It’s ba-ba-bottle feeding time for Blaze!

By Sarah CR Clark

Park Service on Como Avenue in St. Anthony Park was busy with more than just automobiles on Friday, June 25. “Blaze,” a five- week-old American Blackbelly hair sheep, spent the day charming mechanics, customers and anyone who happened to walk by.

Paul Hueg, a mechanic at Park Service, currently has 33 sheep. After birthing triplets, two of which didn’t survive; Blaze’s mother rejected the lamb. Therefore, according to Hueg, Blaze must be bottle fed multiple times throughout the day.

To manage that intense feeding schedule that day in June, Hueg settled Blaze into a dog kennel, packed up some sheep formula and baby bottles, loaded everything into his pick-up truck and came to work.

“If I worked in an office, this probably wouldn’t work very well,” Hueg laughed. “But, my truck is parked by the back door. He (Blaze) ran around a little before work and during lunch. He’s fine. He knows how to watch out and we all watch out for him. As long as he doesn’t take me away from work, we’re good.”

During the short time it took to interview Hueg for this article, no less than seven people stopped to admire Blaze. After another bottle and lamb-nap, Hueg was planning to walk him down to the bank later that afternoon.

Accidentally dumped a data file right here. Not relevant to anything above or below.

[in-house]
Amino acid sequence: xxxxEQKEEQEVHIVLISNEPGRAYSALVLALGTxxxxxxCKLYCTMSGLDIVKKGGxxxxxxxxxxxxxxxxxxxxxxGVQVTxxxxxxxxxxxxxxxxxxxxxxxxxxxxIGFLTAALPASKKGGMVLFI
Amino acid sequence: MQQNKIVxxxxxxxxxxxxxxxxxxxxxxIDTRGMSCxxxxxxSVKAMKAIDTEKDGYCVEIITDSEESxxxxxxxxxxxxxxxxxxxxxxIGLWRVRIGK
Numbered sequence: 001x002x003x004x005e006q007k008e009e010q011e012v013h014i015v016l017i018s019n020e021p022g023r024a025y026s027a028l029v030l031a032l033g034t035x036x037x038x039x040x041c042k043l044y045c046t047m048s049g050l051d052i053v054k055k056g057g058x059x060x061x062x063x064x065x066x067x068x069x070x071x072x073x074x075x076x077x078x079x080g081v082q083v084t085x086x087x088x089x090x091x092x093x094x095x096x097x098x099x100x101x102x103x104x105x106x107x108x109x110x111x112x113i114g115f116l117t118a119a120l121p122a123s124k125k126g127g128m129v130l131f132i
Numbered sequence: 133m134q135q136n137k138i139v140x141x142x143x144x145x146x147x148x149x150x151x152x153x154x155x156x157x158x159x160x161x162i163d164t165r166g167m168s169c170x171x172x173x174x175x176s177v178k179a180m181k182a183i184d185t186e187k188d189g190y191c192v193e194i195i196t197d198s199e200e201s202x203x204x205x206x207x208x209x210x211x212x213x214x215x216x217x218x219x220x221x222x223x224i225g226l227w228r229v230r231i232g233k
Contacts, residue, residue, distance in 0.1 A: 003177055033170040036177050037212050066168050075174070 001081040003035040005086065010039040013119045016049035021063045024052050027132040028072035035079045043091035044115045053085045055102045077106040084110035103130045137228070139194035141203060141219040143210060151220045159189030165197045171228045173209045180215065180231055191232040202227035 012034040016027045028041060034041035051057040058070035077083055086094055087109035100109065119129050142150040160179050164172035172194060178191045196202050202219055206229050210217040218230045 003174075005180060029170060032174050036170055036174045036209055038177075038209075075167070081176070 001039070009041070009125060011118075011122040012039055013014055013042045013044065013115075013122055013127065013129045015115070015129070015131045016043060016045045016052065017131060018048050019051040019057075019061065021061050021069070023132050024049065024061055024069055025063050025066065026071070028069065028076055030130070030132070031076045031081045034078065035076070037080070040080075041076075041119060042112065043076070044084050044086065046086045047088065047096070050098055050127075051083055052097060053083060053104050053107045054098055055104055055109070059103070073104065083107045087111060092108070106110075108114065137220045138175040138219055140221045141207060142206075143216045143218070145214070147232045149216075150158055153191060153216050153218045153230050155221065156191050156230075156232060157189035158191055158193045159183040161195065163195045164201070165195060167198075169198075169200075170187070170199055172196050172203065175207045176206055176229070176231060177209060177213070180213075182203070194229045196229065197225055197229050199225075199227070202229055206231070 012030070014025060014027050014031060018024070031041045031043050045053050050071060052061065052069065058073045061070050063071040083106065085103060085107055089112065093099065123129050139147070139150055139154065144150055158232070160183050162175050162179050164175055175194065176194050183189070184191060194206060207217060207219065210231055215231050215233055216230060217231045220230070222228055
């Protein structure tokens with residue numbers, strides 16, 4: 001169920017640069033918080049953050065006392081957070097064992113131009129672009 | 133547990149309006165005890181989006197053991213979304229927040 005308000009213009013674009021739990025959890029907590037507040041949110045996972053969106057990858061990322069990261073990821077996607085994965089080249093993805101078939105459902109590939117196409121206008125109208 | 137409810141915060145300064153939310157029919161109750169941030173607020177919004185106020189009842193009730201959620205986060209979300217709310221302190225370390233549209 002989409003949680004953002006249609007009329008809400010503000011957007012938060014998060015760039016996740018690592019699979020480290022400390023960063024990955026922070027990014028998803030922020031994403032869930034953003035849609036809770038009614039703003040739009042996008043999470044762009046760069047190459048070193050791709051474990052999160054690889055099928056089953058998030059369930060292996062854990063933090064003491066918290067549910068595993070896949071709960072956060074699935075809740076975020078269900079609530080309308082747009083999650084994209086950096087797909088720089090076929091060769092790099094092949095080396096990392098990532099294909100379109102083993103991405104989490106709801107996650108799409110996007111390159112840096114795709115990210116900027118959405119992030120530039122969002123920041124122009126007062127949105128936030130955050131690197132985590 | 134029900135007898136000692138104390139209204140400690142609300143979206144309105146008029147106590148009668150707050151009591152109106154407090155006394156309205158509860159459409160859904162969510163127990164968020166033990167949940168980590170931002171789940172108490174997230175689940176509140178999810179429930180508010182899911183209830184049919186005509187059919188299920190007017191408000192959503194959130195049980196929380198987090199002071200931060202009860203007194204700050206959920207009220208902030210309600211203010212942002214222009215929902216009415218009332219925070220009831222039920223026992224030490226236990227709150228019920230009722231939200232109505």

Fellow mechanic Aaron Jahnke said, smiling, “Blaze is a nice addition to the shop. We like him around here.”

When Blaze is not visiting Park Service, he spends his days running around and playing with Hueg’s 19 other lambs.

In addition to American Blackbelly sheep (and a few cats and dogs), Hueg also keeps Painted Desert sheep at his Sunset Elk Ranch, which is in Hammond, Wis. (Hueg’s namesake elk have been absent for a few years now.)

**Later update to Blaze’s story: Blaze was adopted on July 4th to a farm in Iowa to keep its existing American Blackbelly lamb company. “Blaze got his independence on July 4th too!” Hueg joked. Hueg’s animals are featured in a 14-minute YouTube video called “Whisker Woods Elk Adventure.” More information about American Blackbelly hair sheep can be found in that video. Here is the link:

Sarah CR Clark lives in St. Anthony Park and is a regular freelance writer for the Bugle.

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